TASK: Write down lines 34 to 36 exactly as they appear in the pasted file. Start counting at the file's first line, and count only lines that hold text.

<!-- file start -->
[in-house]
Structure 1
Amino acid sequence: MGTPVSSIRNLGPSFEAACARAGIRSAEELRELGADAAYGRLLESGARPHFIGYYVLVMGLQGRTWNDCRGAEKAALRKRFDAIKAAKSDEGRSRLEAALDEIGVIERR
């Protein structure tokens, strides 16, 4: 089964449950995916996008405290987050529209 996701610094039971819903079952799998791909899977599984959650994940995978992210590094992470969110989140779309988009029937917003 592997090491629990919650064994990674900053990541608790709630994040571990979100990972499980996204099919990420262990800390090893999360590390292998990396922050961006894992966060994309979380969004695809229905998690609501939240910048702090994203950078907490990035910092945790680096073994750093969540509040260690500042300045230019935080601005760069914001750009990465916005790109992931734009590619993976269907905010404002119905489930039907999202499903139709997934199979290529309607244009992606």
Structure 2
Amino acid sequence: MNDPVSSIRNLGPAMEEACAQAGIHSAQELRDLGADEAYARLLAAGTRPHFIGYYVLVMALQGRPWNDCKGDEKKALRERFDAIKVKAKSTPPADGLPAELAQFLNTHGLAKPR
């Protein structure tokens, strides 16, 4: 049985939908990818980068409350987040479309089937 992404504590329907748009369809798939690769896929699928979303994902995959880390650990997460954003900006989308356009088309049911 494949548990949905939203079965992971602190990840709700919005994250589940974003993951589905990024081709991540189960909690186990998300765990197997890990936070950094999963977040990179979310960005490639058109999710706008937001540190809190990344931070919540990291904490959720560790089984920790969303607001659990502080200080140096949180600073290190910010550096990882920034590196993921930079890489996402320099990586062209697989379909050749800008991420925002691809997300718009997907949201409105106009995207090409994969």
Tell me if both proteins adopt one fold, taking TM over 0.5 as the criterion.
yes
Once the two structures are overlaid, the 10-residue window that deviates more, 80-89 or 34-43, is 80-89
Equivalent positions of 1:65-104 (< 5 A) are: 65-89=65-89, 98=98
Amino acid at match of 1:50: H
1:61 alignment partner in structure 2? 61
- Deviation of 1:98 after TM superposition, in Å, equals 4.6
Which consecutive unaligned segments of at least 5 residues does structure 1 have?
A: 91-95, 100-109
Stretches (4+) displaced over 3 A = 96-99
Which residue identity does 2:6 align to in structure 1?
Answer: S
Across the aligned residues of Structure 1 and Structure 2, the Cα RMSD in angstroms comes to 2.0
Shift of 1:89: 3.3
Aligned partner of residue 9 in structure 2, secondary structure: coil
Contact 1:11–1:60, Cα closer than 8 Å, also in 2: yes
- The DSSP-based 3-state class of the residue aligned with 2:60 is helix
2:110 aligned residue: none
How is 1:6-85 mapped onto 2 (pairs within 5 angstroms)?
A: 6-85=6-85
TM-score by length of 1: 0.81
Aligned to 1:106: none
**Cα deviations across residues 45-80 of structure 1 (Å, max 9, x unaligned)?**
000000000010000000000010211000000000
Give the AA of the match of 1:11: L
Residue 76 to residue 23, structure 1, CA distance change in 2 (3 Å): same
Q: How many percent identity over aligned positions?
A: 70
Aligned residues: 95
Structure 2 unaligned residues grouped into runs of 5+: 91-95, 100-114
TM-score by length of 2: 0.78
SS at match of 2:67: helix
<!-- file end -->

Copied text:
Q: How many percent identity over aligned positions?
A: 70
Aligned residues: 95